NY Arts Magazine / Intervals (Without Interruption) / by Lennie Varvarides

Intervals (Without Interruption)
Lennie Varvarides
NY Arts Magazine


Experiencing the work of Monika Weiss involves all your senses to some degree. One can not simply walk past the Skulenie (2003), an enigmatic charcoal drawing on photographic backdrop paper, without feeling the essence of the artist's presence, or hearing the echoes of physical form resonating in Weiss' drawings, sculpture installations, live or video projected performative works. The exhibition embodied the exploration of time and physical endurance in a subtle and even tranquil camouflage of opaque colors and layered sounds. There is just the right amount of contractions and ambiguities in the exhibition, to present a new visual experience with every gaze. Playing with time in such a way makes, Drawing the City, (Day One, Day Two) 2004 and Lethe 2004, timeless, venerable, and universally recognizable.

The artist body is a recurring image and material, whether live or in representation. Weiss' live body is exposed to the site-specific conditions of time and climate, while also performing a documentative function. Weiss invites the public to draw within the large-scale landscapes, blurring the boundaries between herself and others.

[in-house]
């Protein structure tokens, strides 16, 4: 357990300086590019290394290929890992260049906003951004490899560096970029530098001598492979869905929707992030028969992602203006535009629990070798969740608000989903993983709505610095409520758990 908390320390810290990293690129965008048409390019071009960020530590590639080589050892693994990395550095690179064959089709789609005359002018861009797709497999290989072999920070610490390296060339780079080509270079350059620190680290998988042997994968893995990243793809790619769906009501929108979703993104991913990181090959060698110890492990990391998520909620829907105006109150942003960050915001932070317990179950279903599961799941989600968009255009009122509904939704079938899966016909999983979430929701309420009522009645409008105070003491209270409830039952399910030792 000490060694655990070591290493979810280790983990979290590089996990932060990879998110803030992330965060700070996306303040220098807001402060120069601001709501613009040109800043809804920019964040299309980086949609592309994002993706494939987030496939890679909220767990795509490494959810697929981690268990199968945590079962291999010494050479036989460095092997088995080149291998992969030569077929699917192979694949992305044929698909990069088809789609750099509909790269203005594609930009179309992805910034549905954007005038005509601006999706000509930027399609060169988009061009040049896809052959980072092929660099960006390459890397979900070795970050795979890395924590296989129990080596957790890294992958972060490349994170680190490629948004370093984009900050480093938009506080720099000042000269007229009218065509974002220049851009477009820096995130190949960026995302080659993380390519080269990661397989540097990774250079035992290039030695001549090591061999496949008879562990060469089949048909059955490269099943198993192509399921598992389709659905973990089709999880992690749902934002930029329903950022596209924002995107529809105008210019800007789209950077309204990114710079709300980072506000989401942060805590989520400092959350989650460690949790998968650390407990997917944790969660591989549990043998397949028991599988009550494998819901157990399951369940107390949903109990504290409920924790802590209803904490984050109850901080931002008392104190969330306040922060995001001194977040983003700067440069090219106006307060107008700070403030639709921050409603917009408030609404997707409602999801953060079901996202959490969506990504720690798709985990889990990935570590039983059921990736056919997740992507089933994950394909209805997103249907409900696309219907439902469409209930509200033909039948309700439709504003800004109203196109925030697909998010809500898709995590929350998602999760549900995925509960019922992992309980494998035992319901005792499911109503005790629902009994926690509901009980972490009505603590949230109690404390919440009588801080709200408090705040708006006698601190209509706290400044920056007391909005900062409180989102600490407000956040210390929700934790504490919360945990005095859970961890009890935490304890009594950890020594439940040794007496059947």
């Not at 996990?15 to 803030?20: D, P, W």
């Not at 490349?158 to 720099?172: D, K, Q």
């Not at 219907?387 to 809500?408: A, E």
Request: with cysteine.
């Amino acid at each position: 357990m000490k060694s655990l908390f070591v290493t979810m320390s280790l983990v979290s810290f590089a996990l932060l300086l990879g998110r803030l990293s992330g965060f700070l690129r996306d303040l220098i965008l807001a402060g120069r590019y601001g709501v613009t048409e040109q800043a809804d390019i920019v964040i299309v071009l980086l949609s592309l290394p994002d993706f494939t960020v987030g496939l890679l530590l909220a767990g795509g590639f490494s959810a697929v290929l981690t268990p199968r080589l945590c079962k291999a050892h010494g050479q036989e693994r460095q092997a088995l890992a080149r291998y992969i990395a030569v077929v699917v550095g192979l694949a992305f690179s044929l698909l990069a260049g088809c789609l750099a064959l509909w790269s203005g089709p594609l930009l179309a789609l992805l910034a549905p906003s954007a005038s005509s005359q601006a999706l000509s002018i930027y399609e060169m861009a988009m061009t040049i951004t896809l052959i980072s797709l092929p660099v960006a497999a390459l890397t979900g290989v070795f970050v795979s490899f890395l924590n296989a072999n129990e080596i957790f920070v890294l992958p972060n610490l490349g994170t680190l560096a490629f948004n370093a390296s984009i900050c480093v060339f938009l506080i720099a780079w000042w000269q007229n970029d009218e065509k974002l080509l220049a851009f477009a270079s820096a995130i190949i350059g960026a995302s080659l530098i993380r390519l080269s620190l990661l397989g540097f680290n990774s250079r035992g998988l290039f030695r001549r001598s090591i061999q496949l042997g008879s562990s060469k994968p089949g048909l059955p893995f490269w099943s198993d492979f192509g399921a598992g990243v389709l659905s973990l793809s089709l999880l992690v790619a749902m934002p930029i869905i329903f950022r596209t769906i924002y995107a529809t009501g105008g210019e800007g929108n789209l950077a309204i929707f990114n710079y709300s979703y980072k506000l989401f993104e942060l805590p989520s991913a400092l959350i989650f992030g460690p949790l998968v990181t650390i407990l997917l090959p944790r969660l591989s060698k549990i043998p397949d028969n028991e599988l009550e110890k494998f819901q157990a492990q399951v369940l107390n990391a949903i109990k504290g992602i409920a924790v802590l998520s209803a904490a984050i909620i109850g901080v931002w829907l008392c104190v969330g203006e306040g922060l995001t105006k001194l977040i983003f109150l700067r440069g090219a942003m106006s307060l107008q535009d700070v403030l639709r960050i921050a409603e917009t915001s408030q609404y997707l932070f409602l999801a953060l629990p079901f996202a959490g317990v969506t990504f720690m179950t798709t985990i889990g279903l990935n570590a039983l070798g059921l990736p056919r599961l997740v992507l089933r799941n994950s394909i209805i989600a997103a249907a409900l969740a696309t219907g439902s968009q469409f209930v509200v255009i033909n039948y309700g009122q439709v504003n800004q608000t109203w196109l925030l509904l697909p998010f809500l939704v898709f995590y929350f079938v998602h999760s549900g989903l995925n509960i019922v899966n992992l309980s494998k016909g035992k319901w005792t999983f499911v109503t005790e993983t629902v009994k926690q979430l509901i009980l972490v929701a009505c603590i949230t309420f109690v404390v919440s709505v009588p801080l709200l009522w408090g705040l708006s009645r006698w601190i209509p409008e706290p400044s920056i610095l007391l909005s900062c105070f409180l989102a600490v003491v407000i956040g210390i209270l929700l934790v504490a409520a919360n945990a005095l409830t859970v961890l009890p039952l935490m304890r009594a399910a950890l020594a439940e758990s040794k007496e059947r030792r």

In some of Weiss' sculptural and sound installations a solo performative action invites the public's voyeurism while creating a site that embraces their own bodies as they share the task of remaining silent in front of her solitary action. In White Chalice (Ennoia) 2004, a video image of the artist's curled up body is projected into the water-filled octagonal chalice, becomes subtly yet increasingly interactive, as one may not only see themselves within the reflection, but also experience the virtual figure looking back at them. This opens up a dialogue between real time performance and the suggestion of time past, creating delicate layers of time and meaning.

Sculpted cast-concrete vessel filled with hundreds of layers of paper "Lethe" on the other hand, may be viewed with or without the live or prerecorded presence of the artist. The evidence of a past performance is still palpable through the line traces of her body, another play on time and perspective. Lethe may also function with the sensors and motors creating a 'breathing' rhythm based on a fragment of music by Hildegard of Bingen, (which we hear in the Drawing the City) and which Weiss described as, "the abstract and physical line in the composition, in the room."

In all of her recent works Weiss surrenders herself to the self-imposed environment, both in space and in time, where the time itself becomes conquered as merely an equal element together with her body, the site, the paper, the paint, the stone, the wind, the umbrellas and the passing pedestrians.

The exhibition "Monika Weiss: Intervals" together with Carolee Schneemann's "Infinite Kisses II and SNAFU" was on view at Remy Toledo Gallery, New York, October 21 - November 20, 2004; 529 West 20th Street, New York, NY 10001.

Published in New York Arts Magazine, 2005
Monika Weiss
Drawing the City (Day One, Day Two)
Limited edition video and sound composition, 3 + 2 AP
Based on 2-day life performance by the artist with participation of passersby